Like I said, I believe that they both would do it, but there are also other factors to consider, such as the people Romney has advising him are much more into Iran than the people Obama has, not to mention that Romney's base is more into the idea of invading and killing Muslims than Obama's base. This means that Romney, someone who doesn't really care about foreign policy, will have more people pushing him to do it, and is more likely than Obama to listen to Netanyahu. I know it's mostly rhetoric, but I do kind of like that he doesn't bend over backwards for Netanyahu, but that's not a major point. Also, Obama doesn't have to go up for election again, so if his base pressures him, he can ignore it more easily than Romney can. Again, the military spending thing is something that I see as a red flag, but who knows if he would actually increase spending as much as he claims to want to, or if Obama will follow through and not increase spending like he says. I think, in the case for any president, that the biggest ray of light is the increasing unpopularity with all demographics of foreign adventurism, and can only hope that it continues even after we drawdown from Afghanistan.
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visitorq



Joined: 11 Jan 2008

PostPosted: Sat Oct 27, 2012 7:49 pm    Post subject: Reply with quote

Leon wrote:
Like I said, I believe that they both would do it, but there are also other factors to consider, such as the people Romney has advising him are much more into Iran than the people Obama has, not to mention that Romney's base is more into the idea of invading and killing Muslims than Obama's base. This means that Romney, someone who doesn't really care about foreign policy, will have more people pushing him to do it, and is more likely than Obama to listen to Netanyahu.

I really don't see it this way at all. Who are these different advisors you're talking about? Both parties are equally pro-Israel (to say that Romney is more so is just wrong in my opinion). In fact, there is approximately zero difference in terms of their policy in that regard.

Quote:
I know it's mostly rhetoric, but I do kind of like that he doesn't bend over backwards for Netanyahu, but that's not a major point.

Who knows what really goes on behind the scenes. There is such a thing as political posturing, you know. Obama has stated in no uncertain terms that "we stand with Israel", meaning that if Israel were to start the war then the US would also be at war. By acting cool towards Netanyahu now it gives Obama the plausible deniability he wants (he gets to pretend that he didn't really want a war, but he was dragged into it). This is all elementary.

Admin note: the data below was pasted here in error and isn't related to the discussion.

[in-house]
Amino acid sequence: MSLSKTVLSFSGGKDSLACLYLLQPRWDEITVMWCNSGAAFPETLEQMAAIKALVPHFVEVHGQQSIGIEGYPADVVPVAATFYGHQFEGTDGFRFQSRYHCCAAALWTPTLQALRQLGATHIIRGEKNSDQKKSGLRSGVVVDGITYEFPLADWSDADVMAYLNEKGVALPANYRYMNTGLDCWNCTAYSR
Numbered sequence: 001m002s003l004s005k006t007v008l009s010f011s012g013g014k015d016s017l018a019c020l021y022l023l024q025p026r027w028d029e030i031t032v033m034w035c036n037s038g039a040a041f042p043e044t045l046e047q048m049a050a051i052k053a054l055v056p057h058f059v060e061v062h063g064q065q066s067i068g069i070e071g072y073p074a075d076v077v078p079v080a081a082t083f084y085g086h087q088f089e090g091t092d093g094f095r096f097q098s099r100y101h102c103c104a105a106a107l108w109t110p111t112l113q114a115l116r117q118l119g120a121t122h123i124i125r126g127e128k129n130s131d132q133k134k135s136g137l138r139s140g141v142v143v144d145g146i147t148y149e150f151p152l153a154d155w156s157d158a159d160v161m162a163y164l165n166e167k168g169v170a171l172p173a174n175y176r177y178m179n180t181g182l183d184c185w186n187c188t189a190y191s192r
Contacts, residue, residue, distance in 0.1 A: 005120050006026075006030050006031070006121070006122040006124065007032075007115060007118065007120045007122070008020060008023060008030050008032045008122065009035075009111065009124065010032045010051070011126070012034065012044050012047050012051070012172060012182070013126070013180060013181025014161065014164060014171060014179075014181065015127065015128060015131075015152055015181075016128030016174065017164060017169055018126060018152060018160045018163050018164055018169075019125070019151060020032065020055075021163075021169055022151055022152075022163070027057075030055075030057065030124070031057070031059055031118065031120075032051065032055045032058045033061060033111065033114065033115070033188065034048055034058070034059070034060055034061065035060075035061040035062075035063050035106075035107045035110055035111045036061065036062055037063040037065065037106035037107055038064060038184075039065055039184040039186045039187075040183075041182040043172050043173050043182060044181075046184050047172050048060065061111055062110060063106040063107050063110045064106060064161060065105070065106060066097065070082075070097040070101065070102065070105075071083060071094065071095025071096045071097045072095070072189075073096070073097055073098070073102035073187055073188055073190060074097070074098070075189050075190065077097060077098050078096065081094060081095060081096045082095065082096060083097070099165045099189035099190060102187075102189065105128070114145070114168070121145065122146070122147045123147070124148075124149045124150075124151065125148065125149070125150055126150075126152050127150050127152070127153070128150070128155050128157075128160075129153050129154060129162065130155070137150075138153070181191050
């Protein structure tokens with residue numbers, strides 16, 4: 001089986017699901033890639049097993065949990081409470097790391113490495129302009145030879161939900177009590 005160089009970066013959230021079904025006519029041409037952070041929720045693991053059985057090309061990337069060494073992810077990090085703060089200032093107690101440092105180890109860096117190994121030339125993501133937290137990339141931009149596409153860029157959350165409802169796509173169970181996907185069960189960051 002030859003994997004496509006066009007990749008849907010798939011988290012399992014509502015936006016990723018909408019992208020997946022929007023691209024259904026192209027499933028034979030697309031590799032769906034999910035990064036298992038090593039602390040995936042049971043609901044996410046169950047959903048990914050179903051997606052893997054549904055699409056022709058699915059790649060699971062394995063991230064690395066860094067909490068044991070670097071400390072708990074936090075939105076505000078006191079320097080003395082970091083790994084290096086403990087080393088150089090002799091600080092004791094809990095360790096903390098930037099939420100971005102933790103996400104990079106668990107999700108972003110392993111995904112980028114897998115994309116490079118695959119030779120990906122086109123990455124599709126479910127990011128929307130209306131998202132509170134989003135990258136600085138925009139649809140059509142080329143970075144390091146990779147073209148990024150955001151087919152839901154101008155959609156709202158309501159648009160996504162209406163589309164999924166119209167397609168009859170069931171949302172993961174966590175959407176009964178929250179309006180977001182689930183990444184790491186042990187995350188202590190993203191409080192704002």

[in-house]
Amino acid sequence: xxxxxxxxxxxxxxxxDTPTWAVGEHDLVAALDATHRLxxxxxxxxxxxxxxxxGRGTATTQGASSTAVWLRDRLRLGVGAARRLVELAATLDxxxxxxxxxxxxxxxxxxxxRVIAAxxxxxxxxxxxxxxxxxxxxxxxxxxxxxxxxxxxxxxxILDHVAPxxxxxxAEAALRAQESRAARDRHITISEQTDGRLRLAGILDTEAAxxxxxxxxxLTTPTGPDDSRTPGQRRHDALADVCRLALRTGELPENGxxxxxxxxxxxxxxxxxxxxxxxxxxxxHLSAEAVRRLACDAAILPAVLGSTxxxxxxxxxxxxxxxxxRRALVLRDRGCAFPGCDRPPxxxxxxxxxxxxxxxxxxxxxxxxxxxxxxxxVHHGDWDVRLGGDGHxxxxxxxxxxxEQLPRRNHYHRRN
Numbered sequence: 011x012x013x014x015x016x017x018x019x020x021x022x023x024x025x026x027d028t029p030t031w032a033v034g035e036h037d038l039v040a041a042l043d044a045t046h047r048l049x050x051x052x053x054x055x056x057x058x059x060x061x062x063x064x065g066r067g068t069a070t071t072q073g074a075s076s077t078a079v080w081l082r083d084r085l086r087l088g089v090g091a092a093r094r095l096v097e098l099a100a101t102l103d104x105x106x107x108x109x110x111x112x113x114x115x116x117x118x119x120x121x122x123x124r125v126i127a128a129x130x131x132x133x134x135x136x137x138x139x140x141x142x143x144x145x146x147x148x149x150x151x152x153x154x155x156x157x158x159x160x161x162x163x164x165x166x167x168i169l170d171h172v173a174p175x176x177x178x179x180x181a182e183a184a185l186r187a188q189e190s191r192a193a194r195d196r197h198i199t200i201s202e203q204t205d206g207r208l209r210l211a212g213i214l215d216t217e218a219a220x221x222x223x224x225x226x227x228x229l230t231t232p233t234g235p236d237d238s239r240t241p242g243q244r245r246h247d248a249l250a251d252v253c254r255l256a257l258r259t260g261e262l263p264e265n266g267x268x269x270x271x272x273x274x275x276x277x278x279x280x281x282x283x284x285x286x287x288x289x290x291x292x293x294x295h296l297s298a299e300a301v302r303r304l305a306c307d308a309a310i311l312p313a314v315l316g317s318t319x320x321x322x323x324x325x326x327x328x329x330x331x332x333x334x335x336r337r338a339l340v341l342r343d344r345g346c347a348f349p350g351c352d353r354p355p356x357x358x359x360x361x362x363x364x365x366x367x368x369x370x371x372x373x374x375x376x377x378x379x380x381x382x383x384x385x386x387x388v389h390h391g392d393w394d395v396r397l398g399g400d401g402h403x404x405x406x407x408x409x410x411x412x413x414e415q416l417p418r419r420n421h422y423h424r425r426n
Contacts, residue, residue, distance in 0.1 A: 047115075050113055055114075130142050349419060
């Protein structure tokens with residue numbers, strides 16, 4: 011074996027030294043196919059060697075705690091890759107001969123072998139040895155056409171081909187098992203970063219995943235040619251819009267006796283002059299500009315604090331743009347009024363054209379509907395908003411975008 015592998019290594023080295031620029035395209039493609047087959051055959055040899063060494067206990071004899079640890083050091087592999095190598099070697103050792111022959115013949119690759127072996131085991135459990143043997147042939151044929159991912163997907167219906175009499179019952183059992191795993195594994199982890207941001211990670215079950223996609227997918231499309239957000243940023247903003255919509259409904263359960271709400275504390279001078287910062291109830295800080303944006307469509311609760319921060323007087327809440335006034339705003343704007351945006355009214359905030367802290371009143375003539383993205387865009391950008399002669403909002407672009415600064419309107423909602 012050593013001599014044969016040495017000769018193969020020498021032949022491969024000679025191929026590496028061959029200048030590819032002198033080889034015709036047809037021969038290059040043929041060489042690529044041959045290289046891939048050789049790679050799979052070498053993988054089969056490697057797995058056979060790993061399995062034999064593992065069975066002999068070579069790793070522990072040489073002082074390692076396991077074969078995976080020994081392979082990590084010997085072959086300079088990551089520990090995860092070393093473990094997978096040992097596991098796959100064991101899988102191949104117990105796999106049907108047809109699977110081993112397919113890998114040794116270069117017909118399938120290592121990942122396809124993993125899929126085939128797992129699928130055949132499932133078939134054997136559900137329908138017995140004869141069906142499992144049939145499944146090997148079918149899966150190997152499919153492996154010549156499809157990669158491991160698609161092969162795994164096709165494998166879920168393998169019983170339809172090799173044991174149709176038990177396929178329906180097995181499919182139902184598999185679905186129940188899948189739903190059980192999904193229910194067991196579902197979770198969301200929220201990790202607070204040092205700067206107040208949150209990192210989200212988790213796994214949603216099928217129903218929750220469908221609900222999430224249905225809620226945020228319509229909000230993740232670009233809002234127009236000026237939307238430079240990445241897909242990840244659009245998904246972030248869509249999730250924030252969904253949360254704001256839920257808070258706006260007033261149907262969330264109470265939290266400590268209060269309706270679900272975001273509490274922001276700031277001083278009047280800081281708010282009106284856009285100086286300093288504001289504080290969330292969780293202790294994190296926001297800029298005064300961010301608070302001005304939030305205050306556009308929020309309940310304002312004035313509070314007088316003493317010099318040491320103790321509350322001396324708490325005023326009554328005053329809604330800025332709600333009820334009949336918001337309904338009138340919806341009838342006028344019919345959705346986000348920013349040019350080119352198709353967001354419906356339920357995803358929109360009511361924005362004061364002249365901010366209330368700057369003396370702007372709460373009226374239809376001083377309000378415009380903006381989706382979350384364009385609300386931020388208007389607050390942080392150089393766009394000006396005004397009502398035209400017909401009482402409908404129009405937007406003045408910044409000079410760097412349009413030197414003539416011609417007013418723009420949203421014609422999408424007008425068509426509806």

Quote:
Also, Obama doesn't have to go up for election again, so if his base pressures him, he can ignore it more easily than Romney can.

Or much more likely, Obama can just go to war without having to care about his popularity plummeting. Do you think he is more likely to care about pleasing the American public (who will not be able to reelect him in any case) or the special interests he has so obviously been serving all along?

Quote:
and can only hope that it continues even after we drawdown from Afghanistan.

Mark my words: this will not happen. We are in Afghanistan to stay. There is a $500 billion dollar opium trade at stake, and our troops are there to guard it. Kind of like how we have a billion dollar armored compound in Iraq being guarded by private contract mercenaries (despite Obama lying about having gotten us out of Iraq). We are in these places to stay.
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Leon



Joined: 31 May 2010

PostPosted: Sat Oct 27, 2012 8:01 pm    Post subject: Reply with quote

visitorq wrote:
Leon wrote:
Like I said, I believe that they both would do it, but there are also other factors to consider, such as the people Romney has advising him are much more into Iran than the people Obama has, not to mention that Romney's base is more into the idea of invading and killing Muslims than Obama's base. This means that Romney, someone who doesn't really care about foreign policy, will have more people pushing him to do it, and is more likely than Obama to listen to Netanyahu.

I really don't see it this way at all. Who are these different advisors you're talking about? Both parties are equally pro-Israel (to say that Romney is more so is just wrong in my opinion). In fact, there is approximately zero difference in terms of their policy in that regard.


People like John Bolton, Dan Senor, Robert Kagan, are worse than the people advising Obama. You say I fall for rhetoric, I will say that you miss out on degrees of difference in your disgust for all of them. Yes they are all bad, but some are relatively worse, such as those I named above.

visitorq wrote:
Leon wrote:
I know it's mostly rhetoric, but I do kind of like that he doesn't bend over backwards for Netanyahu, but that's not a major point.